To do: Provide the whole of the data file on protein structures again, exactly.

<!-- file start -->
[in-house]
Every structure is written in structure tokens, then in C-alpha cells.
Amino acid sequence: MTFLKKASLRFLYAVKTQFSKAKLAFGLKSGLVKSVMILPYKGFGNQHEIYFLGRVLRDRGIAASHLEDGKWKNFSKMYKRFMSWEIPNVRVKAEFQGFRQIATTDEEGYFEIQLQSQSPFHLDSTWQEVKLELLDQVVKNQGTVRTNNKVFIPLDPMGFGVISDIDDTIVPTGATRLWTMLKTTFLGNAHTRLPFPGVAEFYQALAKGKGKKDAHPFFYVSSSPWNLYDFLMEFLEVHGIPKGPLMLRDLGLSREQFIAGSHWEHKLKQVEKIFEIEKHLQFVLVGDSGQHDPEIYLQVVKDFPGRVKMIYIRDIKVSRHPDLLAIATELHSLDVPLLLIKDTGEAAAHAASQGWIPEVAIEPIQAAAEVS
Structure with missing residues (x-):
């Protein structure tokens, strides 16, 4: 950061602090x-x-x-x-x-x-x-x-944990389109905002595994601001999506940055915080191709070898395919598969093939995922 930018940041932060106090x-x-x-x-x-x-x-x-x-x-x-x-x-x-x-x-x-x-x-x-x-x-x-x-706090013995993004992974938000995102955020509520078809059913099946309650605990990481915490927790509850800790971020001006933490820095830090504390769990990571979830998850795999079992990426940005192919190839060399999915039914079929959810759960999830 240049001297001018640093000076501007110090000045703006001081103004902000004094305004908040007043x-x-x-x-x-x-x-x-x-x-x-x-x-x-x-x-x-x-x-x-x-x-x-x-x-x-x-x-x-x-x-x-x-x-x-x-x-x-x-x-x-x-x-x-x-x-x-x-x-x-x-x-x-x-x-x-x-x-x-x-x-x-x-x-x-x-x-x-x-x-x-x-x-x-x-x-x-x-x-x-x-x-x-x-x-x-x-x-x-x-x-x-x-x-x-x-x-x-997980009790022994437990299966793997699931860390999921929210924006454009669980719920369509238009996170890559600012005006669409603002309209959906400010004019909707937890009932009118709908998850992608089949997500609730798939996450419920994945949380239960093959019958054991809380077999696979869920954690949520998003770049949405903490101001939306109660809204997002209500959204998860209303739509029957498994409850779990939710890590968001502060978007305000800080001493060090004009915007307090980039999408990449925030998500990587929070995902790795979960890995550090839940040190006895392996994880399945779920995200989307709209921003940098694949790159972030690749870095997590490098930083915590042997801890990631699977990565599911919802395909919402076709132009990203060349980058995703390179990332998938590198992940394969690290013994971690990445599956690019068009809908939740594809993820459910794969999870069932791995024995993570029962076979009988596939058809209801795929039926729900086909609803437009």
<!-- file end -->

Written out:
[in-house]
Every structure is written in structure tokens, then in C-alpha cells.
Amino acid sequence: MTFLKKASLRFLYAVKTQFSKAKLAFGLKSGLVKSVMILPYKGFGNQHEIYFLGRVLRDRGIAASHLEDGKWKNFSKMYKRFMSWEIPNVRVKAEFQGFRQIATTDEEGYFEIQLQSQSPFHLDSTWQEVKLELLDQVVKNQGTVRTNNKVFIPLDPMGFGVISDIDDTIVPTGATRLWTMLKTTFLGNAHTRLPFPGVAEFYQALAKGKGKKDAHPFFYVSSSPWNLYDFLMEFLEVHGIPKGPLMLRDLGLSREQFIAGSHWEHKLKQVEKIFEIEKHLQFVLVGDSGQHDPEIYLQVVKDFPGRVKMIYIRDIKVSRHPDLLAIATELHSLDVPLLLIKDTGEAAAHAASQGWIPEVAIEPIQAAAEVS
Structure with missing residues (x-):
């Protein structure tokens, strides 16, 4: 950061602090x-x-x-x-x-x-x-x-944990389109905002595994601001999506940055915080191709070898395919598969093939995922 930018940041932060106090x-x-x-x-x-x-x-x-x-x-x-x-x-x-x-x-x-x-x-x-x-x-x-x-706090013995993004992974938000995102955020509520078809059913099946309650605990990481915490927790509850800790971020001006933490820095830090504390769990990571979830998850795999079992990426940005192919190839060399999915039914079929959810759960999830 240049001297001018640093000076501007110090000045703006001081103004902000004094305004908040007043x-x-x-x-x-x-x-x-x-x-x-x-x-x-x-x-x-x-x-x-x-x-x-x-x-x-x-x-x-x-x-x-x-x-x-x-x-x-x-x-x-x-x-x-x-x-x-x-x-x-x-x-x-x-x-x-x-x-x-x-x-x-x-x-x-x-x-x-x-x-x-x-x-x-x-x-x-x-x-x-x-x-x-x-x-x-x-x-x-x-x-x-x-x-x-x-x-x-997980009790022994437990299966793997699931860390999921929210924006454009669980719920369509238009996170890559600012005006669409603002309209959906400010004019909707937890009932009118709908998850992608089949997500609730798939996450419920994945949380239960093959019958054991809380077999696979869920954690949520998003770049949405903490101001939306109660809204997002209500959204998860209303739509029957498994409850779990939710890590968001502060978007305000800080001493060090004009915007307090980039999408990449925030998500990587929070995902790795979960890995550090839940040190006895392996994880399945779920995200989307709209921003940098694949790159972030690749870095997590490098930083915590042997801890990631699977990565599911919802395909919402076709132009990203060349980058995703390179990332998938590198992940394969690290013994971690990445599956690019068009809908939740594809993820459910794969999870069932791995024995993570029962076979009988596939058809209801795929039926729900086909609803437009």